BOUNCE BACK?
HOUSEHOLD FINANCIAL CRUNCH CONTINUES

The Money Charity

Stakeholders | 21/07/21

Evidence continues to emerge demonstrating the scale of the crunch on household finances and its likely consequences.

The March Budget brought welcome news of extended supports and measures, now lasting until September 2021, which will assist household’s finances as the UK moves onwards from a deeply challenging year. However, the picture of the sheer depth of issues which are forthcoming remains a concerning one.

Since March 2020, 11.1 million households have accumulated £25 billion in debt and arrears due to the pandemic, an average of £2,300 per affected household. 460,000 private sector renters were behind on their rent in January 2021, while 2.3 million people have fallen behind on their broadband bills, with internet connectivity having progressed from its previous perceived status as a luxury to an essential utility.

As in previous months, these numbers showing hardship, stand alongside those indicators which show financial improvement for the households where members have stayed employed and saved money during the pandemic.

The average household savings rate was 16.5% in Q3 2020. Meanwhile outstanding credit card balances fell by 22.4% in the year to January 2021 and the average first-time buyer house price rose by 6.8% in the same period.

Michelle Highman, Chief Executive of The Money Charity says:

“While the extended support measures announced in the Budget are very welcome, increased debt levels and evidence of financial hardship suggest that new forms of creative support will be sorely needed in the year ahead.

“The numbers of those in difficulty are alarmingly large, in the hundreds of thousands if not millions, meaning that maintaining ‘business as usual’ support just won’t be sufficient. For the UK to continue developing its Financial Wellbeing, it is imperative that we avoid a household insolvency and eviction crisis, by ensuring that people are supported to keep their homes and incomes until the economy has had time to fully recover.”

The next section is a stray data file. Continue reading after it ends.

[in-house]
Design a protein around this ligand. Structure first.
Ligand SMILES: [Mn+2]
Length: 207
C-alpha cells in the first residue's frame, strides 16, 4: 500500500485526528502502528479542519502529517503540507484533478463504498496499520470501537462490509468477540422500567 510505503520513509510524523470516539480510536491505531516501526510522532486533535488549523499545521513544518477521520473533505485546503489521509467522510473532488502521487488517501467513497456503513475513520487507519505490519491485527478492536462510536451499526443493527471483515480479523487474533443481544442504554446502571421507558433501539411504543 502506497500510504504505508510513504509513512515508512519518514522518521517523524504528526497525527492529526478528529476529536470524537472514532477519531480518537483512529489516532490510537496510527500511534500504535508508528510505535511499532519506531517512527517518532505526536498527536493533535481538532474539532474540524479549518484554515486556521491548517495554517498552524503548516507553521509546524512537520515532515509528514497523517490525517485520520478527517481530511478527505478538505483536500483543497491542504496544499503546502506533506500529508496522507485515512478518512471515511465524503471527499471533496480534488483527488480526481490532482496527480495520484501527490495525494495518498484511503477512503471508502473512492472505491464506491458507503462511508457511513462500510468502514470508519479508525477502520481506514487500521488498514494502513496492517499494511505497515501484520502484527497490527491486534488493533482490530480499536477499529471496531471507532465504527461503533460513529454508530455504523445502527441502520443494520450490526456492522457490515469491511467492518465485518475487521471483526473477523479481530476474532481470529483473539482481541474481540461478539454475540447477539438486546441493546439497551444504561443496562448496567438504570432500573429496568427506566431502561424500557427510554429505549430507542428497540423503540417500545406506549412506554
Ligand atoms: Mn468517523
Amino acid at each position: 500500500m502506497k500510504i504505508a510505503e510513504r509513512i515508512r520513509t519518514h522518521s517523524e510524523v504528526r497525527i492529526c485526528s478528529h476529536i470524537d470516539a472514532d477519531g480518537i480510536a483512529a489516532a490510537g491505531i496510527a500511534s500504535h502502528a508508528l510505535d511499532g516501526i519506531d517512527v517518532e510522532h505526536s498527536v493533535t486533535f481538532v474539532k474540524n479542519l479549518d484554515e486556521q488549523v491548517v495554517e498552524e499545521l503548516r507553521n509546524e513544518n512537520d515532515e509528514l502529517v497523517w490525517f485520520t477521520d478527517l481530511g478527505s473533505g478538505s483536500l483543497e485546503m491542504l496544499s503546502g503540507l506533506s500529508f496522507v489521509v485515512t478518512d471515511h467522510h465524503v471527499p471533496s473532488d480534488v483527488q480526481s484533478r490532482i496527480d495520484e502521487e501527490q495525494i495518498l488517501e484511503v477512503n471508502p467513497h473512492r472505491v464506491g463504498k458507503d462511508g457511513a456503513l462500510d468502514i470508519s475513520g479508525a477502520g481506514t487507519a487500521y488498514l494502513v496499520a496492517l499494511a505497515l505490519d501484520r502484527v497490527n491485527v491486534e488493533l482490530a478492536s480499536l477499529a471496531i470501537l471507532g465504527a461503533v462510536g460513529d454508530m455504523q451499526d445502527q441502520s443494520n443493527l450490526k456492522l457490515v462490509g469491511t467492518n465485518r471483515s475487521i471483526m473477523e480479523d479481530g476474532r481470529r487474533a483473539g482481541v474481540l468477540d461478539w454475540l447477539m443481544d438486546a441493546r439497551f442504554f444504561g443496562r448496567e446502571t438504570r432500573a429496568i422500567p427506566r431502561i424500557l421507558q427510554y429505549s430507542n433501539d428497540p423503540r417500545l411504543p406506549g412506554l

Other striking numbers from the March Money Statistics:

Net lending to individuals and housing associations in the UK grew by £76.8 million a day in January 2021

•  in Q4 2020 lenders wrote off £960 million (of which £292 million was credit card debt, amounting to a daily write-off of £3.2 million)

•  at the end of January 2021, outstanding consumer credit lending was £199.4 billion, falling by £2.8 billion on the revised total for the previous month

•  £2,300 average increase in debt and arrears since March 2020 among those who have fallen behind on bills or borrowed for essentials

• £3,763 total unsecured debt per UK adult in January 2021

•  -22.4% change in outstanding credit card balances in year to January 2021

•  360,000 increase in unemployment in the year to January 2021

•  citizens advice bureaux in England and wales dealt with 1,616 debt issues every day in the year to February 2021

•  Borrowers paid £122 million a day in interest in January 2021

•  Government debt increased by £789 million a day in the year to February 2021.

Get the full picture and many more fascinating facts about money in the UK www.themoneycharity.org.uk